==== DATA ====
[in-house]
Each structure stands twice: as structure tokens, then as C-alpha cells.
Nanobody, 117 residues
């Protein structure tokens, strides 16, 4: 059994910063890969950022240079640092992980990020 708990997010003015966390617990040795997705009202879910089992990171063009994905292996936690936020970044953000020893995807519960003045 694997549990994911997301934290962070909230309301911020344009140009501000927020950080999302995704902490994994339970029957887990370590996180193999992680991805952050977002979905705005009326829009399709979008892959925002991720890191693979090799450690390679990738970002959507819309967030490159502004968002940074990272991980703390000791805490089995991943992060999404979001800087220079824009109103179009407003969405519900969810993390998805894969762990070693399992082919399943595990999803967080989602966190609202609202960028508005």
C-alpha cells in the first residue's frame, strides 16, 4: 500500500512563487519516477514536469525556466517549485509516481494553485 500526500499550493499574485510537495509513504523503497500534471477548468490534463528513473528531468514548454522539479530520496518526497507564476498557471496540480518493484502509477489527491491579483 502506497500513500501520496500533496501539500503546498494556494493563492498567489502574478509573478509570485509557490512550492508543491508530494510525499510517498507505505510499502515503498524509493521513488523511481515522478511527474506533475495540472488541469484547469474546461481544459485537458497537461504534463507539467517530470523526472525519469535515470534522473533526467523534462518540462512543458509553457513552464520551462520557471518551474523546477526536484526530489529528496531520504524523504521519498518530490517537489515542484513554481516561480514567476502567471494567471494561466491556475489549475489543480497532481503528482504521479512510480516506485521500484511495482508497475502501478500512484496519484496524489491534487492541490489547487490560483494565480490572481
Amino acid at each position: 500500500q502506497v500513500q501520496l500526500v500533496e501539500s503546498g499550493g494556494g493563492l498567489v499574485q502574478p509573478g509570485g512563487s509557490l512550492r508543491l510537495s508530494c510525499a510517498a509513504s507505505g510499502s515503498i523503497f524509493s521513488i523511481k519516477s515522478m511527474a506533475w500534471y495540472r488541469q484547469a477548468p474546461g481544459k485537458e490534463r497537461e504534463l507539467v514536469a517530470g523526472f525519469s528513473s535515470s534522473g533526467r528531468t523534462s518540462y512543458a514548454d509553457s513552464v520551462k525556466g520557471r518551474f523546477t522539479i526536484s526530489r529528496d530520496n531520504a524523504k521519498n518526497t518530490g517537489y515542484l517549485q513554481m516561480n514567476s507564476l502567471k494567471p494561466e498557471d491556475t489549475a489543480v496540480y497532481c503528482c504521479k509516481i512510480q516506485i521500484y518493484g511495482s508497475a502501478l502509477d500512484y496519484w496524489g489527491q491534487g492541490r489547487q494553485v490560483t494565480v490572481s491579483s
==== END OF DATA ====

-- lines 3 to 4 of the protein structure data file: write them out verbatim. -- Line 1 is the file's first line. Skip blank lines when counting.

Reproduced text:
Nanobody, 117 residues
């Protein structure tokens, strides 16, 4: 059994910063890969950022240079640092992980990020 708990997010003015966390617990040795997705009202879910089992990171063009994905292996936690936020970044953000020893995807519960003045 694997549990994911997301934290962070909230309301911020344009140009501000927020950080999302995704902490994994339970029957887990370590996180193999992680991805952050977002979905705005009326829009399709979008892959925002991720890191693979090799450690390679990738970002959507819309967030490159502004968002940074990272991980703390000791805490089995991943992060999404979001800087220079824009109103179009407003969405519900969810993390998805894969762990070693399992082919399943595990999803967080989602966190609202609202960028508005």